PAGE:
Professor Kathryn Sabbeth seeks a research assistant for Summer 2012. Subject areas of research are expected to include the definition of public interest lawyering, the role of lawyers' work in American society, and possibly topics in employment discrimination. The position will be 30 hours per week. See Symplicity job posting #5412 for application instructions.

2012 AmeriCorps Legal Fellowships

The 2012 Equal Justice Works AmeriCorps host sites will be announced in June. Please visit PSLawNet in the spring to find a selection of AmeriCorps Fellowship openings across the country. Alumni and 3L/4L students apply directly to the host site for open positions, and the host sites will select the appropriate candidates to become 2012 Equal Justice Works AmeriCorps Legal Fellows. If you have any questions regarding the AmeriCorps Legal Fellowships, please email AmeriCorps directly.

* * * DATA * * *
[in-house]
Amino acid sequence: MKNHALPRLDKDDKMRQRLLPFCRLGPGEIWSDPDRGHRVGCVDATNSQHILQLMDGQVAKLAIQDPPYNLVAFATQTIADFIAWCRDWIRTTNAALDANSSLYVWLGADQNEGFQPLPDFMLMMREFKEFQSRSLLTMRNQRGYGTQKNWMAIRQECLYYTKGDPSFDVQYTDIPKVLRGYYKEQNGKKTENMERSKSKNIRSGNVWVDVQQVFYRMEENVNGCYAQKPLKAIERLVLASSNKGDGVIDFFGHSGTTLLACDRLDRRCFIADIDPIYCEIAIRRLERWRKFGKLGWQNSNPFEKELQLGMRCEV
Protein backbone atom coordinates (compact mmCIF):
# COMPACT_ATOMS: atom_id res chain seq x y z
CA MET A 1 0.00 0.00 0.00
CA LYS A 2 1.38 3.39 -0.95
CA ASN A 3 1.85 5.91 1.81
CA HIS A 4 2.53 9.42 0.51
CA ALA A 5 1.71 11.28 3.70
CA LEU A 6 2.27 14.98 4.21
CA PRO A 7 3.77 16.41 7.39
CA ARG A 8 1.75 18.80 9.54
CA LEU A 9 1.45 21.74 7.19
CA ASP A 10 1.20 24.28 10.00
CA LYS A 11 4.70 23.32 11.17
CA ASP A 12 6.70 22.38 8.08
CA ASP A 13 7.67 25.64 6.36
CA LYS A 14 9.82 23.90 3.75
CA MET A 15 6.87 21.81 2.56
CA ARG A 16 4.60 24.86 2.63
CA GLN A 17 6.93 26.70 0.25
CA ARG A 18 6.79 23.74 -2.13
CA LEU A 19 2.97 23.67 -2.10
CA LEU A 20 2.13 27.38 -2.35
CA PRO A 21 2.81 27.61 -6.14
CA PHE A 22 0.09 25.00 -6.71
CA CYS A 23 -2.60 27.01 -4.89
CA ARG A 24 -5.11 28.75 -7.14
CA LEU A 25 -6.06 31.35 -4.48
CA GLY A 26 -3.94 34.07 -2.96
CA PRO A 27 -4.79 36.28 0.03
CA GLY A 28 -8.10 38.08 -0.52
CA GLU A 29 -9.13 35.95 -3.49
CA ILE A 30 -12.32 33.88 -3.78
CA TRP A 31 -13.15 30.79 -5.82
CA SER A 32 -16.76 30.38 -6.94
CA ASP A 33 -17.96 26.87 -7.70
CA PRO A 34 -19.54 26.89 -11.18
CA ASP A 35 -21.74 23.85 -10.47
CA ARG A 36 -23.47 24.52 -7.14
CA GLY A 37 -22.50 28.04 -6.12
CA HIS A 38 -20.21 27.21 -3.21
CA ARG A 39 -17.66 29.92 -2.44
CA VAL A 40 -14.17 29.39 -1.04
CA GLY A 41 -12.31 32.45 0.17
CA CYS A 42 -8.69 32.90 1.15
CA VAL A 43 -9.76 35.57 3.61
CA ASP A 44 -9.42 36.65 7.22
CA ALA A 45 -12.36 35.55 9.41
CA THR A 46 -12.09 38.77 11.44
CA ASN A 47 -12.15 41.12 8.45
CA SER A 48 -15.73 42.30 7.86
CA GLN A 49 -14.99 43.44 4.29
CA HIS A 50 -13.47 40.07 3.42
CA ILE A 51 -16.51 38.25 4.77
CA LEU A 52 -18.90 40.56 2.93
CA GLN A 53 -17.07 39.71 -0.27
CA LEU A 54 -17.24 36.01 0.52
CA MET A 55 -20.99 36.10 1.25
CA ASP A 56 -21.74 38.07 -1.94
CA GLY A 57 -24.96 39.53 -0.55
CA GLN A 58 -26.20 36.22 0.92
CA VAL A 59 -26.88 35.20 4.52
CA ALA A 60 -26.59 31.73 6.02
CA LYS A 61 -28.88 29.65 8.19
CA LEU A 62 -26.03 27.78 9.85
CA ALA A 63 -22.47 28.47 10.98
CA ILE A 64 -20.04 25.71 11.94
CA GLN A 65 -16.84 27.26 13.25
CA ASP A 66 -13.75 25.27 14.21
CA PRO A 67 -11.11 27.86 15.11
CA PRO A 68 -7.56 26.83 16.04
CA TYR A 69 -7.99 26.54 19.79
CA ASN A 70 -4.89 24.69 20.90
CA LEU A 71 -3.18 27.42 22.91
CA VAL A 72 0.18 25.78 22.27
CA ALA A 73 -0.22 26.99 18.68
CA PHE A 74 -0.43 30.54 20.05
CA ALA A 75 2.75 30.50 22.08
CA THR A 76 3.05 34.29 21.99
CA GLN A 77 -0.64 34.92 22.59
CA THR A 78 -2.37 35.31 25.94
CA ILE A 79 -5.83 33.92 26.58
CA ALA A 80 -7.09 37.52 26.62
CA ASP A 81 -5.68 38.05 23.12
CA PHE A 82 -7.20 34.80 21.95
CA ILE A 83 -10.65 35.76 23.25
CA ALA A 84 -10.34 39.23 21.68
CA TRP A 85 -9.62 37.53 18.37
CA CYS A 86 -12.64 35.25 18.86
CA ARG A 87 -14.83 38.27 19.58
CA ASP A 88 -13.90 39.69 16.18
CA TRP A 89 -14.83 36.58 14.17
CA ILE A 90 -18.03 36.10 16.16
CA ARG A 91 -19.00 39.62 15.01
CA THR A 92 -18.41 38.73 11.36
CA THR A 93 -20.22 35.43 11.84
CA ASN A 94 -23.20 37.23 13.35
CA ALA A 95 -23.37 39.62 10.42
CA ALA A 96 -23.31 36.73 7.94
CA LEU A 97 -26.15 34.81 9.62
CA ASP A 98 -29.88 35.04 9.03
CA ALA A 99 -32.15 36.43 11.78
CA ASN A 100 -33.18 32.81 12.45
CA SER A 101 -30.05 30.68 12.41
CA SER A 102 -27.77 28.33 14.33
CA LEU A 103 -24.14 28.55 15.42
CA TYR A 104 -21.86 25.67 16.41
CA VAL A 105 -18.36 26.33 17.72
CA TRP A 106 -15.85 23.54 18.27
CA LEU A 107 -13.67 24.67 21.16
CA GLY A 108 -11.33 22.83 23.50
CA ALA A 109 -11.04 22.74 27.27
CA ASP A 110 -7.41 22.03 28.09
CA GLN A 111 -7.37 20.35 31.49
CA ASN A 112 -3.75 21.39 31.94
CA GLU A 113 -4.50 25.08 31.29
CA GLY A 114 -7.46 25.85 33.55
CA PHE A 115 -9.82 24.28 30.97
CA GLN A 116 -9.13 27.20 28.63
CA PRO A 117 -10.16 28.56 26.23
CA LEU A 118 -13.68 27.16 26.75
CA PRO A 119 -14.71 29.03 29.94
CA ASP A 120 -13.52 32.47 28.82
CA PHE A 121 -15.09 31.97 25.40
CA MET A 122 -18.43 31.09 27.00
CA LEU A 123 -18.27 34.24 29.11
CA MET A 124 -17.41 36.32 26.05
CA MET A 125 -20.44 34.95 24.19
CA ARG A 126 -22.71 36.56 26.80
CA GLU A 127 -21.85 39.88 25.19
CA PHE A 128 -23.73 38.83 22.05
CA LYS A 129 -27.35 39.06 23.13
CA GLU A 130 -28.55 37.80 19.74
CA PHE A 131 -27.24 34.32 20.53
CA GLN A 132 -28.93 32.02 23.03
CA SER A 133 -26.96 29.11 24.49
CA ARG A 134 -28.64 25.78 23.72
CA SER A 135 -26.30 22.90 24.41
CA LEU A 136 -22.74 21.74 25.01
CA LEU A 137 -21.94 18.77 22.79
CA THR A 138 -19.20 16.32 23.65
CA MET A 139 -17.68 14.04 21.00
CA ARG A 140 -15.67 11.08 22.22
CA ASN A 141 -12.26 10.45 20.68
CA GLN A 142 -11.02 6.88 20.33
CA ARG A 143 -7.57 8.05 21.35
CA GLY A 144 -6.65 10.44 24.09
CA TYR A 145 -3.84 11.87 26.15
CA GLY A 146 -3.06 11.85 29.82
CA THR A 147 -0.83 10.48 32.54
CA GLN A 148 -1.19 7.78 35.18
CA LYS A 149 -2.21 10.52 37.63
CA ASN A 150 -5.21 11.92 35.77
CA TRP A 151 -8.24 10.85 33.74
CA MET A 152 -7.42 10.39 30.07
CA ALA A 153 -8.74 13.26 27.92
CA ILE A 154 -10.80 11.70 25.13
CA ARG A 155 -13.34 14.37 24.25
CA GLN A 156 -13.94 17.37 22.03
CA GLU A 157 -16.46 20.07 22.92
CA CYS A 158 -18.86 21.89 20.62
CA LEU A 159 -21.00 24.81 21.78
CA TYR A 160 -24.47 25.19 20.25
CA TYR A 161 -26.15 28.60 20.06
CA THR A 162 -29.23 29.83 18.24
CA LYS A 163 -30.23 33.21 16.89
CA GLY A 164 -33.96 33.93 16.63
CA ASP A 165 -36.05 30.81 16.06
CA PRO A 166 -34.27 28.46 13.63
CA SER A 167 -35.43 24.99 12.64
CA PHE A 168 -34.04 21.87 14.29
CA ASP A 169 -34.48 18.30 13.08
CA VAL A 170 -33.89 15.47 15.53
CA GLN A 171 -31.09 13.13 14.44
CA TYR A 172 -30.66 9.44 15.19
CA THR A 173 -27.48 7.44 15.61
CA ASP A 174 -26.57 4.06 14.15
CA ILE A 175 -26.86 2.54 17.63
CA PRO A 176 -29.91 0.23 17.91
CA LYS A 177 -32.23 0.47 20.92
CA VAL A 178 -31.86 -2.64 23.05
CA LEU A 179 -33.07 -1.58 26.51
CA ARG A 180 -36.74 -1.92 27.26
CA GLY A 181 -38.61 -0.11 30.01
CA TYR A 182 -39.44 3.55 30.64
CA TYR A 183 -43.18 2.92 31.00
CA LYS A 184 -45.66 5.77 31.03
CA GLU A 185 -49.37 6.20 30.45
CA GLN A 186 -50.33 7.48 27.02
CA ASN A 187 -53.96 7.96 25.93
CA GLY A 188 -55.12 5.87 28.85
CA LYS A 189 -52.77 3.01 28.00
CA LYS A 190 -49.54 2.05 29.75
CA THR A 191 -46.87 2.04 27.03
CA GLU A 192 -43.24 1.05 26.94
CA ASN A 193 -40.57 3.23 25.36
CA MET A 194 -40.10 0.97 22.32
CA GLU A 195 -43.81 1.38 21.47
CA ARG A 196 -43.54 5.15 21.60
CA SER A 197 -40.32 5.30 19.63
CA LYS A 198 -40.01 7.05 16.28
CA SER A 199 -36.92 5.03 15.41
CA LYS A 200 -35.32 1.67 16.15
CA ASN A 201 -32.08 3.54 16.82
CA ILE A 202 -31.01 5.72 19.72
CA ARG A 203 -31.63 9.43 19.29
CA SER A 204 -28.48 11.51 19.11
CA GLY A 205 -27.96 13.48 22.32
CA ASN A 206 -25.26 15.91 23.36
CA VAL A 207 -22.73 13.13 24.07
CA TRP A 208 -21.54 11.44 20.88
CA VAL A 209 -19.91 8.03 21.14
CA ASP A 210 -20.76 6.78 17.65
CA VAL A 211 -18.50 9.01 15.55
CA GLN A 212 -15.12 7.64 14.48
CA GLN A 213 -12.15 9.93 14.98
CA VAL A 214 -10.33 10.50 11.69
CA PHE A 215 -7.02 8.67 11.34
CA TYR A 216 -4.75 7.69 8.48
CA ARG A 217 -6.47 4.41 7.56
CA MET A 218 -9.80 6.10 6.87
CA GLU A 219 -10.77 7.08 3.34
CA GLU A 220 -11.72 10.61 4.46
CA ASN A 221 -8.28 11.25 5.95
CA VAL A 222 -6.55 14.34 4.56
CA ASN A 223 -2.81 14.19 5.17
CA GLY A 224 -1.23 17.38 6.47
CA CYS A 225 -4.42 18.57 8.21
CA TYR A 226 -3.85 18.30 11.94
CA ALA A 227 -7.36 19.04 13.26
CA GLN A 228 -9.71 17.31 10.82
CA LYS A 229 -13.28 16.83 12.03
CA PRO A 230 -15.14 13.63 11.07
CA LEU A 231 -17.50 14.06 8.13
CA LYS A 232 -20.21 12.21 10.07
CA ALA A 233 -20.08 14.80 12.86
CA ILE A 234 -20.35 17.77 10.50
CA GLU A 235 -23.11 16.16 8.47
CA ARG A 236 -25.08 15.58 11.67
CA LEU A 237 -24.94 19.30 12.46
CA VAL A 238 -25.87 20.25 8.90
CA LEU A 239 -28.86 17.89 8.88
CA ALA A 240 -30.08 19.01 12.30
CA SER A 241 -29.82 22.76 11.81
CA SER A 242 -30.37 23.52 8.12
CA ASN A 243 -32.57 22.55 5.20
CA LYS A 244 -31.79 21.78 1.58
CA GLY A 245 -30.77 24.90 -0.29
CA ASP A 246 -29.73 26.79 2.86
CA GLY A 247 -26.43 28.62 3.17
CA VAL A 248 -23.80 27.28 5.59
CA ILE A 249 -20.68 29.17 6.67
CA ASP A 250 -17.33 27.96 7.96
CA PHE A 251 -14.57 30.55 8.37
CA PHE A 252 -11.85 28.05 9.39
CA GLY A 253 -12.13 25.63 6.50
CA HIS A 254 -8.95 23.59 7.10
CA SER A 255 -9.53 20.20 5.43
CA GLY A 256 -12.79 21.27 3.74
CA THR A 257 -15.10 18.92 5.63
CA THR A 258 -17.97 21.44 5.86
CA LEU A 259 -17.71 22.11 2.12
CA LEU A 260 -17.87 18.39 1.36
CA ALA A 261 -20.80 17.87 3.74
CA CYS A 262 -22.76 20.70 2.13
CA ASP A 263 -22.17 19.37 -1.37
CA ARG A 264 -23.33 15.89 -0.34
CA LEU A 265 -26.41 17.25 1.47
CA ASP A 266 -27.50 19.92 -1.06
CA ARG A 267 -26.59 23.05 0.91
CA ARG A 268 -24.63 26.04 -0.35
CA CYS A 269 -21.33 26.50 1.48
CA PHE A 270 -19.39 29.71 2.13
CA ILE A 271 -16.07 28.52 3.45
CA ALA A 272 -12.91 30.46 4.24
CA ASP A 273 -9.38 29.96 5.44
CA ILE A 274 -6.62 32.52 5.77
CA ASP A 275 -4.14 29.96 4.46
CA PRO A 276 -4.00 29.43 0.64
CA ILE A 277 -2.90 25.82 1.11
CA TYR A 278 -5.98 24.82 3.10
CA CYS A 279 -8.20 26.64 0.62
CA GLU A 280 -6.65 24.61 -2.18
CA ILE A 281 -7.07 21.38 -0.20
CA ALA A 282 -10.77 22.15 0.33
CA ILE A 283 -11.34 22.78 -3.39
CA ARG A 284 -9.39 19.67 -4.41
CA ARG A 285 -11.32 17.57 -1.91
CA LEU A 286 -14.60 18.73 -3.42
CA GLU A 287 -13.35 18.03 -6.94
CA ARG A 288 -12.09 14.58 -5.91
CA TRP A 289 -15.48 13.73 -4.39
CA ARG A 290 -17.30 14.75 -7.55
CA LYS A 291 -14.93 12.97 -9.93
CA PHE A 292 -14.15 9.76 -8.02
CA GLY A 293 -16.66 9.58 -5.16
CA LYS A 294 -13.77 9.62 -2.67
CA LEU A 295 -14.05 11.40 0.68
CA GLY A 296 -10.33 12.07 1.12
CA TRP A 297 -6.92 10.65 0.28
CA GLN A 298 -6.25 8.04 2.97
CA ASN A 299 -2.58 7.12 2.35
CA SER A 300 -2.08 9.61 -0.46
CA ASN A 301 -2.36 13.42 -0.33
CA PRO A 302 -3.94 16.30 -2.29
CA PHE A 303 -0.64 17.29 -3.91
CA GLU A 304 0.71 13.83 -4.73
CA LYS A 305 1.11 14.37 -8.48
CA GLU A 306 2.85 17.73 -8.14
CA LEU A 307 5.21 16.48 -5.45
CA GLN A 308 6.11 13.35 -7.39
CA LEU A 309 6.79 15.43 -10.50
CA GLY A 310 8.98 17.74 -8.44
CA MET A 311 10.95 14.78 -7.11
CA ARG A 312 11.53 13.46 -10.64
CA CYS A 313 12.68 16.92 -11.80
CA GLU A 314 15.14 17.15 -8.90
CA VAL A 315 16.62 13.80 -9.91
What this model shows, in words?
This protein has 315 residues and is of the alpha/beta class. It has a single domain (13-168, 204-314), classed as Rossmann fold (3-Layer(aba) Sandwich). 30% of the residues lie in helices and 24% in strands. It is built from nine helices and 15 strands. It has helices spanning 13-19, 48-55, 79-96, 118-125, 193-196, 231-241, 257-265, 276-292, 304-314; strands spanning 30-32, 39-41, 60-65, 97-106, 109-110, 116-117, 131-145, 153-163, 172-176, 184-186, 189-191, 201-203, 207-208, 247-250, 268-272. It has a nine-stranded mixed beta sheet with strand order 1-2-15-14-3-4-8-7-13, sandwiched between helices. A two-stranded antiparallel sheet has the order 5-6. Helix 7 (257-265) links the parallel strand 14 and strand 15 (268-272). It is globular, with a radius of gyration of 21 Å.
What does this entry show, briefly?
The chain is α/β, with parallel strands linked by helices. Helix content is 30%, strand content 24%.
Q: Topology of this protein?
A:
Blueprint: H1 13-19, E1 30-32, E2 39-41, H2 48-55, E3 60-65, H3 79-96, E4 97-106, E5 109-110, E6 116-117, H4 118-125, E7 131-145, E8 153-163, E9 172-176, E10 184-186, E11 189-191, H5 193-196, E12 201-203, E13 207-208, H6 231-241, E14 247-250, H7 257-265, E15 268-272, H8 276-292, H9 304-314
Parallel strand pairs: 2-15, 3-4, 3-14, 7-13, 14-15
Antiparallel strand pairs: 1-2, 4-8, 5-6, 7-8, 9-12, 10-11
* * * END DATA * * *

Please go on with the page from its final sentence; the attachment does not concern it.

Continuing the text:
Don't forget to check PSLawNet and Symplicity frequently for new job postings. Public Interest jobs are being posted frequently!

Funding Opportunities

ABA Internship for students with a disability

In continuing its mission to promote the equal participation of law students with disabilities in the legal profession, the American Bar Association Commission on Disability Rights established a partnership with Prudential Financial, Inc., to provide a summer internship opportunity to a 1L with a disability at the Fortune 500 company's Law Department. This internship is paid and will be located in New Jersey. You can find more information and apply online. The deadline for applications is March 25.

2012 Summer Corps Application